With the Revelation Software Concepts team having just spent three long days on the floor at SAPPHIRE NOW in Orlando few months ago, I was keenly interested to hear what the key topics of conversation were at RSC’s ‘Simplifying SAP Change Control’ booth. In this article, I overview the five key areas users and decision makers were most interested to learn about when speaking with the team around SAP change control technology options.
Surprisingly, ease of use, degree of automation, enforceability, ease of configuration and costs to implement a technology were the key areas of interest this year. Perhaps as the result of SAP change teams and technology users being far more knowledgeable on the subject of SAP change control technology than in years past and many having had direct user experience with a technology.
Ease of use
Firstly, users were interested in how easy a change control technology is to use.
Many on the change team will find themselves interacting with a change control technology daily and so how intuitive a technology is and how familiar they may be with the GUI, set up and or configuration certainly goes a very long way to ensuring their acceptance of the product.
Several of the issues cited for asking about ease of use centred on user issues, time and intensity of ongoing user training efforts and the likelihood of users looking for and using a work around.
Degree and ease of automation
Next, users were interested in the degree of automation a change control technology might provide.
Depending on the technology, there can be significant variations in both the degree of automation provided and how the automation is accesses or applied. For example, how change is detected, how and when transports may be deployed, how transport sequencing errors might be detected, what actions kick off workflow alerts and how the approval process might be automated.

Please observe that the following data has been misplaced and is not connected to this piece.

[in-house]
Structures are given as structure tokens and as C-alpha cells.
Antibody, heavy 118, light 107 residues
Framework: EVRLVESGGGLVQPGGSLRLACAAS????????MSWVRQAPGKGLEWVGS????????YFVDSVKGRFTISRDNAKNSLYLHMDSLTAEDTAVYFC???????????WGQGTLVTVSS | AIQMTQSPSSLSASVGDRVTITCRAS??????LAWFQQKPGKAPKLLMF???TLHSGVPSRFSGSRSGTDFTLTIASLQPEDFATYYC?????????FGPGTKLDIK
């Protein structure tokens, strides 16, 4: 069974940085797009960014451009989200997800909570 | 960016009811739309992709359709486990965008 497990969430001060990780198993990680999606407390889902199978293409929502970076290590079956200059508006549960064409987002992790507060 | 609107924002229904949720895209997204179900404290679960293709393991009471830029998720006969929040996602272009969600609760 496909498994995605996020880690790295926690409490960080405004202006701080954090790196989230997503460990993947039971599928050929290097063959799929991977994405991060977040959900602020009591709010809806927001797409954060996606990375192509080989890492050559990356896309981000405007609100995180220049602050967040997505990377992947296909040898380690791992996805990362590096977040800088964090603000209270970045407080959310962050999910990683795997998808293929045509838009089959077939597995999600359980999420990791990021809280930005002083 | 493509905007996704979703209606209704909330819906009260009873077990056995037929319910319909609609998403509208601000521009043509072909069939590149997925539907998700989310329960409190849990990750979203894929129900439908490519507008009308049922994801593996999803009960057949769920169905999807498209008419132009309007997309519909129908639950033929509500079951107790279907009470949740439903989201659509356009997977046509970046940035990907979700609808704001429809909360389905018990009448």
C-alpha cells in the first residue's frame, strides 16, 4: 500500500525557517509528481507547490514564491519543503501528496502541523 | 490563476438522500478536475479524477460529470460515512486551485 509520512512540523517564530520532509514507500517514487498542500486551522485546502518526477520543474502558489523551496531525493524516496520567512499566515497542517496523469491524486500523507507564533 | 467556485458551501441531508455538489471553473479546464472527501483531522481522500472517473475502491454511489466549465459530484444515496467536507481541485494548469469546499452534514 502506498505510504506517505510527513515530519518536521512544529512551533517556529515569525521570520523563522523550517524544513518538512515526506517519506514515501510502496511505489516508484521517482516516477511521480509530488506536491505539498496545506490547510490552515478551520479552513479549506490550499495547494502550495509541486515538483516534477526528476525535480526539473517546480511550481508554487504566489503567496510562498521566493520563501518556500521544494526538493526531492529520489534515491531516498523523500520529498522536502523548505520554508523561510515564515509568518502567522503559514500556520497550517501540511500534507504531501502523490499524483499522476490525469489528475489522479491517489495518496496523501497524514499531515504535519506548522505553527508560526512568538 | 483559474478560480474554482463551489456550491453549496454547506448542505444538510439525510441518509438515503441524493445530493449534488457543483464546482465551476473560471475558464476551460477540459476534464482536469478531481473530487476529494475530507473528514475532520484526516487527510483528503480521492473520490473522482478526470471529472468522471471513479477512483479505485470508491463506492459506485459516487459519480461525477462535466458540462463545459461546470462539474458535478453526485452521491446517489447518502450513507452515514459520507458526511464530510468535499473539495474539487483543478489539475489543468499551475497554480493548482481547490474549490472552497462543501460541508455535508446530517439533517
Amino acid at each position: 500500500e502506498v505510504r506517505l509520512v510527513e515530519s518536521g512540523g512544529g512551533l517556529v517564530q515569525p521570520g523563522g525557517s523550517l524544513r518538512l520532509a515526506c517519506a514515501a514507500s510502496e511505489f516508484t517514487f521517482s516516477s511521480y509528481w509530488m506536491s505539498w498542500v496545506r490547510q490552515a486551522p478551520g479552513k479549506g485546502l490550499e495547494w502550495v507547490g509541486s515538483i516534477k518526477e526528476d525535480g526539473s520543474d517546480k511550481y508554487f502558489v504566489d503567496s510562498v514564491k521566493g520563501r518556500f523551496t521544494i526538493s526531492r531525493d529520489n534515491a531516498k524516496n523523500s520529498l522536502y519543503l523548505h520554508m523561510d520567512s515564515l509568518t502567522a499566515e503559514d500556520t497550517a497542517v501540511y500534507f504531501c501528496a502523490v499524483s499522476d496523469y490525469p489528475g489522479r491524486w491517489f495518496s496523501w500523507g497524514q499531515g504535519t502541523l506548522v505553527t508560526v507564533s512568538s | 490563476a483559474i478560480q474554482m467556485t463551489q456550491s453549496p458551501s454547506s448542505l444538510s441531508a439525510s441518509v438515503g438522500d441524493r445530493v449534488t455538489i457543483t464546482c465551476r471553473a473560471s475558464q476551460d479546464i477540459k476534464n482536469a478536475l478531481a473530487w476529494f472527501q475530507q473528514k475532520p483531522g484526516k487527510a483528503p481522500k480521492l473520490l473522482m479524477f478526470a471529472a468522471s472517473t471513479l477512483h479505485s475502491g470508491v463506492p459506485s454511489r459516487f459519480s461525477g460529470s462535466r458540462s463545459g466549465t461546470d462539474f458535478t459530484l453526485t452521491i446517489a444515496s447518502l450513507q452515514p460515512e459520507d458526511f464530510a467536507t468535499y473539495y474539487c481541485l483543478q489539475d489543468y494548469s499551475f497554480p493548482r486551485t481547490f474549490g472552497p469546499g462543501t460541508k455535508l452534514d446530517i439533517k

The degree of automation provided has a significant bearing on the amount of human effort (cost and risk) removed from the change process by the technology.
Thirdly, users were interested in how easy, or possible, it might be to enforce the use of the technology or any particular change process.
Particularly important if the technology is difficult to use, enforcement prevents users coming up with creative workarounds. If the technology can tolerate user workarounds then an amount of change will go unnoticed into production and without adequate audit trail.
Understanding the degree of flexibility around enforcement configuration and whether or not the disciplines can be enforced with relative ease is an important element of change control technology success.
Ease of configuration
Next, users wanted to know how simple (or not) the change control technology might be to configure, set up and change.
Whether or not a team is going be stuck with limited control over process and user configuration has a strong bearing on ongoing change control flexibility. An organisation’s change control processes, SAP landscape environment and organisational structure tend to be dynamic and so a high degree of configuration flexibility can be empowering.
Costs to implement
Finally, users were interested in the all-important implementation and ongoing costs of a change control technology.
Things like the number of estimated days to full productive use combined with the daily cost of the implementation team and internal resource requirements have a significant impact on the total cost of a change control technology project. One of the traps, as with any technology project, is not have a full and clear understanding of such cost variables before embarking on a project.
Together, ease of use, degree of automation, enforceability, ease of configuration and costs to implement can make or break a SAP change control technology project. By drilling down into each of these areas during technology evaluation SAP change organisations can save themselves a great deal of user frustration, save wasted effort and save hard to come by budget money by arriving at the right decision before selection rather than after.